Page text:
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[Read by Cassandra Campbell and Danny Campbell]
Lawrence of Arabia meets Sebastian Junger's War in this unique, poignantly dramatic true story of heroism and heartbreak in Afghanistan, written by a veteran war correspondent--one of the most remarkable stories of love and war ever told. -- Army Special Forces Major Jim Gant changed the face of America's war effort in Afghanistan. A decorated Green Beret who spent years in Afghanistan and Iraq training indigenous fighters, Gant argued for embedding autonomous units with tribes across Afghanistan to earn the Afghans' trust and transform them into a reliable ally to defeat the Taliban and counter al-Qaeda networks. The military's top brass, including General David Petraeus, commander of US forces in Afghanistan, approved, and Gant was tasked with implementing his controversial strategy. Veteran war correspondent Ann Scott Tyson first spoke with Gant when he was awarded the Silver Star in 2007. Spending time with him, she began to share his vision. Risking her life, she accompanied him to Afghanistan to cover the story. And then they fell in love. American Spartan is their remarkable story--one of the most riveting, emotional narratives of wartime ever published.
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Lawrence of Arabia meets Sebastian Junger's War in this unique, incendiary, and dramatic true story of heroism and heartbreak in Afghanistan written by a Pulitzer Prize–nominated war correspondent
Some have called him "Lawrence of Afghanistan." To the Pashtun tribesmen he is "Commander Jim," leader of the "bearded ones." He is Army Special Forces Major Jim Gant, one of the most charismatic and controversial U.S. commanders of modern memory, a man who changed the face of America's war in Afghanistan when his critical white paper, "One Tribe at a Time," went viral at the Pentagon, the White House, and on Capitol Hill in 2009.
A decorated Green Beret who had spent years training indigenous fighters, Jim argued for embedding autonomous units with tribes across Afghanistan: these American soldiers would live among Afghans for extended periods, not only to train and equip tribal militias, but to fight—and even die—alongside them in battle. He argued that we could earn the trust of the Afghans and transform them into a reliable ally with whom we could defeat the Taliban and Al Qaeda networks. The military's top brass, including General David Petraeus, then commander of U.S. Central Command and overseeing the war in Afghanistan, and Admiral Eric Olson, head of Special Operations Command, approved the plan and gave Jim the go-ahead to embark on the mission.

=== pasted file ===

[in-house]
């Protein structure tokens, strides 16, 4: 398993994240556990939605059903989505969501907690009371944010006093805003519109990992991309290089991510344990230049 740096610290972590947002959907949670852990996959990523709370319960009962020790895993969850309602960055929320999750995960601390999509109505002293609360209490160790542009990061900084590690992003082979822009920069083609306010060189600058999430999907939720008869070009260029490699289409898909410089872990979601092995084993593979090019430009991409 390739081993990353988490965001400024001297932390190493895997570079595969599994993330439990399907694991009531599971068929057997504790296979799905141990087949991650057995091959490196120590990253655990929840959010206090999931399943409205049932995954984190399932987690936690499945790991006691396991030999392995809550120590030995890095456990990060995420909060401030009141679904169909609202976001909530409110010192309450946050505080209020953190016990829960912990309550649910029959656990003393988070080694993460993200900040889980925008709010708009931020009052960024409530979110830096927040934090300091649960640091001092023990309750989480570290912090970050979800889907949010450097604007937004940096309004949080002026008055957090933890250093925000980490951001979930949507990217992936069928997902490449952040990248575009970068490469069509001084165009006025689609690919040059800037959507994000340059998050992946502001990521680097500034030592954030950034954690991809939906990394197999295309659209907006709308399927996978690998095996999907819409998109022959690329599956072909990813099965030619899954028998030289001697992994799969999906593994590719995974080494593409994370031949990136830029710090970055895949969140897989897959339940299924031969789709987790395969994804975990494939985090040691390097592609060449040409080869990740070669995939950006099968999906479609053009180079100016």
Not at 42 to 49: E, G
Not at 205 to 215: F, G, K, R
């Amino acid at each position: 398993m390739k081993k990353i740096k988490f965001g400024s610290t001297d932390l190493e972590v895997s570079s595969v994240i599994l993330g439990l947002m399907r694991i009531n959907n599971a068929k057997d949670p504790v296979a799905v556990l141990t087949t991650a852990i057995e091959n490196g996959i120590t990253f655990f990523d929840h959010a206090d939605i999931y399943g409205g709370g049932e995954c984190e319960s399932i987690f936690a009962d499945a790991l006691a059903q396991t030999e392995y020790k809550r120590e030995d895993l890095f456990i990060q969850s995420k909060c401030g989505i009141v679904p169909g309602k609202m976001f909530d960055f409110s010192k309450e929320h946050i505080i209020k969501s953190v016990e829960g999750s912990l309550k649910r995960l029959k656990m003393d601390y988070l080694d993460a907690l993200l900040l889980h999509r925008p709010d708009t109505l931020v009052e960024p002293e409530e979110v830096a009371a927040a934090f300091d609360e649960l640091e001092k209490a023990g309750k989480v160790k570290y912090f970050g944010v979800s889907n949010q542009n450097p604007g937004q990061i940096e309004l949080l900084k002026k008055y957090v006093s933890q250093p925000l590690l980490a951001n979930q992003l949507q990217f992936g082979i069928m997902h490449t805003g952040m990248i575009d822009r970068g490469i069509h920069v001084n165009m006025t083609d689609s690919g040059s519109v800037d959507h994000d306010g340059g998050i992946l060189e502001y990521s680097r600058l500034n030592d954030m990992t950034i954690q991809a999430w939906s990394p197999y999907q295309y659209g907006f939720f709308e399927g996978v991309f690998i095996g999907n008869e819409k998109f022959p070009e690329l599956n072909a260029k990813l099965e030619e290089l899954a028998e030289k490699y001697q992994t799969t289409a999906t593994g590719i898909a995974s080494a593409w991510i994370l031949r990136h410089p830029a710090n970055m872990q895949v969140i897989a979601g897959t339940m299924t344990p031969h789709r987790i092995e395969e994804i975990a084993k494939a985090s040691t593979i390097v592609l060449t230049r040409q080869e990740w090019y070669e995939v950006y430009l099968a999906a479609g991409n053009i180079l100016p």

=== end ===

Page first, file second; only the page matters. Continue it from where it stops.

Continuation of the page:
As correspondent Ann Scott Tyson got to know Jim Gant the man as well as the warrior, she saw that there was a larger story to tell—about a people desperate to defend their homes, and about this intense fighter and deeply honorable man who pushed boundaries, despite his own personal demons, and risked life and career to achieve what some thought was impossible. Ann soon came to share Jim's vision that Americans and Pashtuns could fight side-by-side and create real change across the region, so she accompanied him to Afghanistan, risking her life to embed with the tribes and chronicle their experience. This remarkable story—of Jim's close relationships with village elder Noor Afzhal and his family, the fierce fighting they took straight to the enemy in the treacherous mountains of Konar Province, and Ann and Jim's deepening love for each other—is told with a keen sense of drama and immediacy.
A war story like no other, an unprecedented account of a warrior who took up the cause of villagers as if it were his own, and of a woman on the front lines of a distant war, American Spartan is an unforgettable tale—and one of the most remarkable and emotionally resonant narratives of war ever published.About the Author:
Ann Scott Tyson is a war correspondent with a decade of combat experience, beginning with the invasion of Iraq. She has worked as a foreign correspondent in Asia and speaks Chinese and French. She has written for the Christian Science Monitorand the Washington Post and contributed to the Wall Street Journal. A Pulitzer Prize nominee, Tyson is a graduate of Harvard University with an honors degree in government and has studied economics and business at Columbia University. She and Jim Gant are married and live in Seattle, Washington.
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